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Do we have waste in 2030? - The role of municipalities in the transition to a circular economy

Start/End date: 
05/2017 to 05/2018
Ongoing: 
No
Expected end date: 
04/2018

Type of funding:

Kommune Norge - Stig Bang-Andersen

Contact details

Description: 

The project "Do we have waste in 2030?" was conducted in May-November 2017 by Ramboll on behalf of KS.

The purpose of the assignment has been to highlight the possibilities the municipalities have to accommodate a more circular economy in the future.

The transition to a circular economy involves a systemic shift where all parts of the value chain of a product play a role, from extracting raw materials from nature, new designs and ways of producing the products, new business models for consumption, reuse and repair of the products to new ways of utilizing the materials from old products in new production.

As local community developers, planning authorities, waste management actors and key actors in environmental work, the municipalities have a significant responsibility. This report points to some of the key responsibilities and opportunities for the Norwegian municipalities when approaching a more circular future.

Check the Report (NO)

Main results: 

The waste industry has competencies and a role that will be crucial if the municipalities are to be able to use the potential of the conversion into a circular economy.

As shown in the report, there are a number of examples where this is being done today and the municipalities have already taken key roles in the conversion. At the same time, there is significant potential in further developing this, and that more municipalities take more active roles. Three concrete and simple examples of how this can be done are to:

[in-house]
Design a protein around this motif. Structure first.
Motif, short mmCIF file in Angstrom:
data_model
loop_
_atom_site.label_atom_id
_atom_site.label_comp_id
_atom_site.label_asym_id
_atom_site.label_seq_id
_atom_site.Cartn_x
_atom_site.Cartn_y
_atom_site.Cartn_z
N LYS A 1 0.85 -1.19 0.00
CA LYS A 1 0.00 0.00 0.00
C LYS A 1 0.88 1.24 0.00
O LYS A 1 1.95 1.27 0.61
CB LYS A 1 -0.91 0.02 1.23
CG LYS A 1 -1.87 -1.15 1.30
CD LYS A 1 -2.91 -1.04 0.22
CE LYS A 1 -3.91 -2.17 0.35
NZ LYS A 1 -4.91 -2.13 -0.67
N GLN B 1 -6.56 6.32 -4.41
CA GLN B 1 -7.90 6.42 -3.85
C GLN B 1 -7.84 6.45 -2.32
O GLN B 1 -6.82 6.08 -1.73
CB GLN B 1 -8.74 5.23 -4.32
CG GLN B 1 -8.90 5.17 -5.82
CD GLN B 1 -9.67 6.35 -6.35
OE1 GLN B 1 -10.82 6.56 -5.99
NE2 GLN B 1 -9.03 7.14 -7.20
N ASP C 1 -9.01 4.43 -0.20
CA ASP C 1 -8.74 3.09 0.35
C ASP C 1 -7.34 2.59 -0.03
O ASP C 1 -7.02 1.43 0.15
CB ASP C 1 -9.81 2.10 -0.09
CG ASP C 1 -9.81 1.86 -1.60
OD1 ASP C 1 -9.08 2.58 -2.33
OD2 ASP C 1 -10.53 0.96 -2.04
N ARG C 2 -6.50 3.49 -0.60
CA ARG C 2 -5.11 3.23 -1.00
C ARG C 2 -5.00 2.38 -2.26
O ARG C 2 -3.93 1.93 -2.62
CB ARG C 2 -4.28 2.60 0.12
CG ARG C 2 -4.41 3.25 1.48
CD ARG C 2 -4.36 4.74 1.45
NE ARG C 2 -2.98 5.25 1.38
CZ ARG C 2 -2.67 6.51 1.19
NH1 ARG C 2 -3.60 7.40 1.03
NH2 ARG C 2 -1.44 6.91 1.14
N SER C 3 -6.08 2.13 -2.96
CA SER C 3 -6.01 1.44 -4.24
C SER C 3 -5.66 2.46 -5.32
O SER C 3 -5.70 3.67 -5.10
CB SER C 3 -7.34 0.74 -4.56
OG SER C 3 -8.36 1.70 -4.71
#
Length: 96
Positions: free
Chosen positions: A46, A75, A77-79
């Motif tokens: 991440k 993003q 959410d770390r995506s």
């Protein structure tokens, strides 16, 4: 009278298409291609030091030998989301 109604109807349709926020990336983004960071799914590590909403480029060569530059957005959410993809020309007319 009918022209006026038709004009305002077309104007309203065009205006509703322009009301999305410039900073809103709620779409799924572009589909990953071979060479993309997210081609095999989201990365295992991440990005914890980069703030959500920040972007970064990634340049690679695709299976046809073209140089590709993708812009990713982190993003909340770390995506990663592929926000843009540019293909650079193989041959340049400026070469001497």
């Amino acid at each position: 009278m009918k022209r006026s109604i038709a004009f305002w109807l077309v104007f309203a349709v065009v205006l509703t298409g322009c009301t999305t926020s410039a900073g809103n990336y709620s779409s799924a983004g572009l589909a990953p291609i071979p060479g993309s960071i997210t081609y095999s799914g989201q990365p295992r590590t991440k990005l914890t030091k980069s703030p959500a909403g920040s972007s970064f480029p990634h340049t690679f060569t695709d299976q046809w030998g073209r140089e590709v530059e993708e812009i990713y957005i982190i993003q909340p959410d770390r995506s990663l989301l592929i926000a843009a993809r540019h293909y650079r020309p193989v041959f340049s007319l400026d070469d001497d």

• invite the waste industry to take an advisory part in several areas of the municipalities. This applies, for example, to involvement in counselling in planning, both strategic (societal plans) and operational (regulatory plans). Furthermore, we believe there will be gains in connecting the waste industry to the labour and education sector to an even greater extent than today;
  • clarify the municipality's ownership strategy to the waste company. Develop the dialogue with the waste company on how they can best share their knowledge with local businesses, research and education sector and the rest of the municipality;
  • use its role as a purchaser to set demands on recyclable products. In consultation with the waste companies, the municipality, as a major purchaser, can already today influence positive product development in the market. Life cycle costs and environmental consequences are demanding accounting, but the waste industry has considerable expertise in this area.